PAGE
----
Diphtheria

Diphtheria strangles people to death!

The Span­ish name for diph­the­ria was “el garotil­lo,” the lit­tle stran­gler. The dis­ease caus­es a film called a pseudomem­brane to form in the throat. Many of its vic­tims sim­ply choke to death. Yet even if the patient was giv­en a tra­cheoto­my (a breath­ing hole cut in the throat), the patient could still die from the tox­ins released by the bac­te­ria that cause the dis­ease. Diph­the­ria is caused by a bac­teri­um called Corynebac­teri­um diph­the­ri­ae, but only if those bac­te­ria are infect­ed with a virus that car­ries the gene for the diph­the­ria tox­in.

At the start of the 20th cen­tu­ry, diph­the­ria was one of the 10 lead­ing caus­es of death in the Unit­ed States. When a diph­the­ria epi­dem­ic broke out in Alas­ka in the win­ter of 1925, the U.S. Postal Ser­vice recruit­ed teams of sled dogs to car­ry an emer­gency ship­ment of diph­the­ria anti­tox­in, which can be used to treat the dis­ease, from Anchor­age to Nome. It was called the Great Race of Mer­cy:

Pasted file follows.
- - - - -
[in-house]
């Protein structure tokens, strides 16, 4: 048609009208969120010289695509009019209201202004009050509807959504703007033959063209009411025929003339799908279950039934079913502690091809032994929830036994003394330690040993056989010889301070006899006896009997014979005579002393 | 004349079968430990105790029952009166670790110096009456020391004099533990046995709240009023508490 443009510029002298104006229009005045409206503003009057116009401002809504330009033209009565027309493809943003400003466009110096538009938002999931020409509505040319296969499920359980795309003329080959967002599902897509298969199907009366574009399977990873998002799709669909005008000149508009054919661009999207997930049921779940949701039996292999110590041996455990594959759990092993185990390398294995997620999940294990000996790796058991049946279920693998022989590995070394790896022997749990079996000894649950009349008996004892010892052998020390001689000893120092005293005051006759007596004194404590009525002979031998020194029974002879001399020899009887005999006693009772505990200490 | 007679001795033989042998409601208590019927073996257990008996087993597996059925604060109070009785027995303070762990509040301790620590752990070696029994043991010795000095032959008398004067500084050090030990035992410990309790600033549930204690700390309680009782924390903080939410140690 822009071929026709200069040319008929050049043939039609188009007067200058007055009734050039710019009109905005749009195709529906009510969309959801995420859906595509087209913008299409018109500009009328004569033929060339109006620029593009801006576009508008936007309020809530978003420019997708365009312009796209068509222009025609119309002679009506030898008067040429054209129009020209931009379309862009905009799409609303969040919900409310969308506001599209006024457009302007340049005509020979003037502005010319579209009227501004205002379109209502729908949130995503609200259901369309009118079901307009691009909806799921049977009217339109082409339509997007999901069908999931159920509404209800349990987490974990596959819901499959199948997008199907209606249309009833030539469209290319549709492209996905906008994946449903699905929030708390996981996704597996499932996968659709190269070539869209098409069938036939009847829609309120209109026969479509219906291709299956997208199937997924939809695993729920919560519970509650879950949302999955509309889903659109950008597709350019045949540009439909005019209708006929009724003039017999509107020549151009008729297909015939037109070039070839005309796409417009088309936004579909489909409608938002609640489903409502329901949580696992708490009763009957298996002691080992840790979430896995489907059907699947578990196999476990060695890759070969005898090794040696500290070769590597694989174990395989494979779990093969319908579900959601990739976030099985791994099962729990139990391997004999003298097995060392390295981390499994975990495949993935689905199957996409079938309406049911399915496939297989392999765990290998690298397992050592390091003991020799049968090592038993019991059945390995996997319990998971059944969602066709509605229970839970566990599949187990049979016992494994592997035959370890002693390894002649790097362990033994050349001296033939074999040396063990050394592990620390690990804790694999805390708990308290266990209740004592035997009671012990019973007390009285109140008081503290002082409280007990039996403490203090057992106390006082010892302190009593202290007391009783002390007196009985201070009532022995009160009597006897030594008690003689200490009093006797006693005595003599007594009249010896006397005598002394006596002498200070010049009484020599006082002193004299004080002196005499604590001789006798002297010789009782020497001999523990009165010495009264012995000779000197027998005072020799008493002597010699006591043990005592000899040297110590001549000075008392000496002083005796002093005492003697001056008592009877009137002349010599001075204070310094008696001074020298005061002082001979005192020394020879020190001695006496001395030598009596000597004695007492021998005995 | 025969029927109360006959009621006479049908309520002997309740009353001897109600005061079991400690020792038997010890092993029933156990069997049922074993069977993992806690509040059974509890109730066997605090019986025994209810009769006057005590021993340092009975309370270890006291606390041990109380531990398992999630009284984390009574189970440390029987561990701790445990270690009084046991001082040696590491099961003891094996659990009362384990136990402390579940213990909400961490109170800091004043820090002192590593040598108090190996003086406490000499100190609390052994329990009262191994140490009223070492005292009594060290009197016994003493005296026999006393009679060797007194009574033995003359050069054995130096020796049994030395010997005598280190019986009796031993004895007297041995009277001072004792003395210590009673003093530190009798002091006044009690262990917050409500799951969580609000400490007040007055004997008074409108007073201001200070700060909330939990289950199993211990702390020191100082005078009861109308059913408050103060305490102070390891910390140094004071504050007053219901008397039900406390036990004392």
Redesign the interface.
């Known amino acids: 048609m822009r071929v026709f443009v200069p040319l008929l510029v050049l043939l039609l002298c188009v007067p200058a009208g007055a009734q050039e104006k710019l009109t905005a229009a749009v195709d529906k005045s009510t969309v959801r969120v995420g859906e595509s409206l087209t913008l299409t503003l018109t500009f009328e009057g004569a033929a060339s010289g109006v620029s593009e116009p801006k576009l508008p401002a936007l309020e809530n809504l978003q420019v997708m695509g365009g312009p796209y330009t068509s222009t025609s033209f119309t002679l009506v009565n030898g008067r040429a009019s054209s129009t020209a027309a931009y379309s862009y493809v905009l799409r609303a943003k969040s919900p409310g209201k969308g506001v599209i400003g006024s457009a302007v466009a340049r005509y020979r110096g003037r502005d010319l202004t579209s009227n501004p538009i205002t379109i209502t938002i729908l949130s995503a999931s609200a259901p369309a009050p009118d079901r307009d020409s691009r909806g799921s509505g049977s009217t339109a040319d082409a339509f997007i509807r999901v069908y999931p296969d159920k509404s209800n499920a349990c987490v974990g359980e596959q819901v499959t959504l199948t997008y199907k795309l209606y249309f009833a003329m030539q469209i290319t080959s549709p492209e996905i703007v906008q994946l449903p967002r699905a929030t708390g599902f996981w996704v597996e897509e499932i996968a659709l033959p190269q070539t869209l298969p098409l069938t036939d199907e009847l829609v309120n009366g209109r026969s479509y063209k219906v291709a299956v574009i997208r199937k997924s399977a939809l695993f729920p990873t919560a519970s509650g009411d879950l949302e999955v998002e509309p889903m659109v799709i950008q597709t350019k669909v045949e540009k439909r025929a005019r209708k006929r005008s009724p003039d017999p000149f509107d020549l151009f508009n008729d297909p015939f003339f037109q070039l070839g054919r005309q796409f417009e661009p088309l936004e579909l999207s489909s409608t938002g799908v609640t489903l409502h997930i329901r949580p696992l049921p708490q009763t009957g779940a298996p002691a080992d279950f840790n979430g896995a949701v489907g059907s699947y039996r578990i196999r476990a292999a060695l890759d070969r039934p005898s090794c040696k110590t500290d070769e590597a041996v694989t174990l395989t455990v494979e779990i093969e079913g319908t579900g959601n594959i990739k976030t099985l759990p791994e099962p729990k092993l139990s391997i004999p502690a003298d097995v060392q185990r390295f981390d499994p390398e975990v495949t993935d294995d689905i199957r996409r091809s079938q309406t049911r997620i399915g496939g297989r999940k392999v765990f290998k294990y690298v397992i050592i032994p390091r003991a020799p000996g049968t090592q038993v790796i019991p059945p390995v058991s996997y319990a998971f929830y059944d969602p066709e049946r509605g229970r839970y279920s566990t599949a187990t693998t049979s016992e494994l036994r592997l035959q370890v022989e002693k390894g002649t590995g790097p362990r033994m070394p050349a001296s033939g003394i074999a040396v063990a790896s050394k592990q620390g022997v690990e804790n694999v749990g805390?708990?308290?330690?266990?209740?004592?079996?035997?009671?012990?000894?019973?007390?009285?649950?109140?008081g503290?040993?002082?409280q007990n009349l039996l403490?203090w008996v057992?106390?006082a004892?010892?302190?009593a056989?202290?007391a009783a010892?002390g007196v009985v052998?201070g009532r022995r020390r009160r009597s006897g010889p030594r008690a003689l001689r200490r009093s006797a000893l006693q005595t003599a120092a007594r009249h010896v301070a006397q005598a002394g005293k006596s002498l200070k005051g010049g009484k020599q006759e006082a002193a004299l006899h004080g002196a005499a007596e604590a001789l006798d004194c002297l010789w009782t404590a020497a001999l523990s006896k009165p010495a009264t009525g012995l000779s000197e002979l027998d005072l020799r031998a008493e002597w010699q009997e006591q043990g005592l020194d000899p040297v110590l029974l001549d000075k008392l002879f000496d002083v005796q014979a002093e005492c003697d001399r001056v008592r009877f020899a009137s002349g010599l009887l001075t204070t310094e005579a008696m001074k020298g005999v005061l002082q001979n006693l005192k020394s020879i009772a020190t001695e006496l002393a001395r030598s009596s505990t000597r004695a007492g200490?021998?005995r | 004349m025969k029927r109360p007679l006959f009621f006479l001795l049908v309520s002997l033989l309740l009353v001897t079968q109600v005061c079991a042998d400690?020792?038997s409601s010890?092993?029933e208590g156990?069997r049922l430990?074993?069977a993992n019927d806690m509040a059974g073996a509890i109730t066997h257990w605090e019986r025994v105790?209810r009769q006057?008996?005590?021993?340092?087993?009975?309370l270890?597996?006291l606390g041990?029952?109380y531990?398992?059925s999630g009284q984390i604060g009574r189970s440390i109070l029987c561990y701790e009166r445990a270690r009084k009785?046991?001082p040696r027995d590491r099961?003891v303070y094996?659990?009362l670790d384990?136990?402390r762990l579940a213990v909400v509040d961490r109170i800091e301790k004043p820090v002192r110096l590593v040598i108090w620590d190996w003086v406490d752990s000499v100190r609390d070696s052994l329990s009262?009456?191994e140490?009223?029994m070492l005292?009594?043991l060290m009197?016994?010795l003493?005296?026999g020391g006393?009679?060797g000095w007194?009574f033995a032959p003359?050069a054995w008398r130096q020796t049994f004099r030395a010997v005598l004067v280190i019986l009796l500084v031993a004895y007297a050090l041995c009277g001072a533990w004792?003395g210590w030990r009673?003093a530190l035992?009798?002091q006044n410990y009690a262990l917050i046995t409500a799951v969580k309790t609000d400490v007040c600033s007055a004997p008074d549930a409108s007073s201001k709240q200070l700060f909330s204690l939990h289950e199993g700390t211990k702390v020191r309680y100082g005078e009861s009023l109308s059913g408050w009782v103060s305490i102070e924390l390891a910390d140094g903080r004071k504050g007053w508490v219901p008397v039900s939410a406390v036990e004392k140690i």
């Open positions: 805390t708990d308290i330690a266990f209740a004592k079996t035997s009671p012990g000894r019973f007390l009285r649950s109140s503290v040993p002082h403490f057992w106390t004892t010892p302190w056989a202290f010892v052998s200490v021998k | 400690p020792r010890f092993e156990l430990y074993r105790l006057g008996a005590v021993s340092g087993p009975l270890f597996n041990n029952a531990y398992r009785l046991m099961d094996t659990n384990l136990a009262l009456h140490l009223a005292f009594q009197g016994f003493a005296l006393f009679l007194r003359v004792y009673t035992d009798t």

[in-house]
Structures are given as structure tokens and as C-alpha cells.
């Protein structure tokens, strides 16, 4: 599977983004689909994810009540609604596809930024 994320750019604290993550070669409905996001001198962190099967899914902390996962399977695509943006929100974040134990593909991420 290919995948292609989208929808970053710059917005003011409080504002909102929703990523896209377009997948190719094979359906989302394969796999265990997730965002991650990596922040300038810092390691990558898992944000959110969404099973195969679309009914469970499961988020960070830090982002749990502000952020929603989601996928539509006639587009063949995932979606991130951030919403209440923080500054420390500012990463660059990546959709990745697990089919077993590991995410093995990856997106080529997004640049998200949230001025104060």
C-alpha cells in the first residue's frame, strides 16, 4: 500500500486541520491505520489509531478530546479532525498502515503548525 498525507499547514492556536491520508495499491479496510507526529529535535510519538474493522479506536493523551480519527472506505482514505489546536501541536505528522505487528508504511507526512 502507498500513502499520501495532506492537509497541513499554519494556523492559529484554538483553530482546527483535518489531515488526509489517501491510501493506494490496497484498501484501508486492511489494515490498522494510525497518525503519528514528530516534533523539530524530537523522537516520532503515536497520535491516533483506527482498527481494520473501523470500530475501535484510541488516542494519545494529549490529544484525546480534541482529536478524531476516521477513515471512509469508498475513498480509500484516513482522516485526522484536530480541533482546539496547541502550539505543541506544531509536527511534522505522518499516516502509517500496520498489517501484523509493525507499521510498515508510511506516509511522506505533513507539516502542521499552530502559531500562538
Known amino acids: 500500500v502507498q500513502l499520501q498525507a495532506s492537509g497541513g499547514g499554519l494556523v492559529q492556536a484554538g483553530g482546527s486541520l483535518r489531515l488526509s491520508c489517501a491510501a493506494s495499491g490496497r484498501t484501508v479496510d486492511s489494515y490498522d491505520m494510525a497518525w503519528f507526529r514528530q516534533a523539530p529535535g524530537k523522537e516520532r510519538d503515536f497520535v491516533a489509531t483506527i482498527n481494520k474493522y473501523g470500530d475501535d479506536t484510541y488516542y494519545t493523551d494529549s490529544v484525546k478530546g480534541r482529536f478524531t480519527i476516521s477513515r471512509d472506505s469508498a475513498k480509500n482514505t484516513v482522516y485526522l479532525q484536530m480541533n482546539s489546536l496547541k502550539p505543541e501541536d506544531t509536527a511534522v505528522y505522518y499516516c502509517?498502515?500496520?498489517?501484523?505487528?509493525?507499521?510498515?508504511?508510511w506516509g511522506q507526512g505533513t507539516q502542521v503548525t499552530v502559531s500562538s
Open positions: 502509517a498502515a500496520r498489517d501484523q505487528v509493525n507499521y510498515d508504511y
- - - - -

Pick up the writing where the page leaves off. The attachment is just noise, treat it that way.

Since then, an effec­tive vac­cine to pre­vent the dis­ease was devel­oped. Thanks to vac­ci­na­tion, we have had only 1 con­firmed case in the Unit­ed States in the past 15 years. How­ev­er, the dis­ease con­tin­ues to cir­cu­late in oth­er coun­tries. After the col­lapse of the Sovi­et Union, a seri­ous epi­dem­ic of diph­the­ria broke out, as a result of a drop in vac­ci­na­tion cov­er­age.

The diph­the­ria vac­cine is gen­er­al­ly includ­ed in the same shot with the vac­cines for tetanus and per­tus­sis. These are “killed” vac­cines that do not pro­vide life­long pro­tec­tion. As a result, peo­ple need to get boost­er shots every 10 years.

Pho­to by per­pet­u­alplum